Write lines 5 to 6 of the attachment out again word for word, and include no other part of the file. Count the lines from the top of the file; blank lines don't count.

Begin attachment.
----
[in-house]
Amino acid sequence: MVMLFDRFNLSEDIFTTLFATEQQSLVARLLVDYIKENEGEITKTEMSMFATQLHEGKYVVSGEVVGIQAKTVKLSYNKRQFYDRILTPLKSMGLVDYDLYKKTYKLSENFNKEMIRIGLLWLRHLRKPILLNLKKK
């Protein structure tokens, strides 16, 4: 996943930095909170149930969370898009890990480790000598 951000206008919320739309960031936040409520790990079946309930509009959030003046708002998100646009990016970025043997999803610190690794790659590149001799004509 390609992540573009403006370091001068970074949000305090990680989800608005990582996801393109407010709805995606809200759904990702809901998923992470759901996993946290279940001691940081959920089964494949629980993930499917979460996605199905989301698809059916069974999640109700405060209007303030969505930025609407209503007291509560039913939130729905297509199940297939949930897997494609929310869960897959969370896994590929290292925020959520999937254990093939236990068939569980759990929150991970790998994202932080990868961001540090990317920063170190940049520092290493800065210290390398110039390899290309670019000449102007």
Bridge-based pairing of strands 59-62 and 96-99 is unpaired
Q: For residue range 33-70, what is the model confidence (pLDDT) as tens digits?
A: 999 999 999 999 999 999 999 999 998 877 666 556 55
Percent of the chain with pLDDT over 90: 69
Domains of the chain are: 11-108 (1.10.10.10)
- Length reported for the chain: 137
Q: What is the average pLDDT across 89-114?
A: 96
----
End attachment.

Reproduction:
Q: For residue range 33-70, what is the model confidence (pLDDT) as tens digits?
A: 999 999 999 999 999 999 999 999 998 877 666 556 55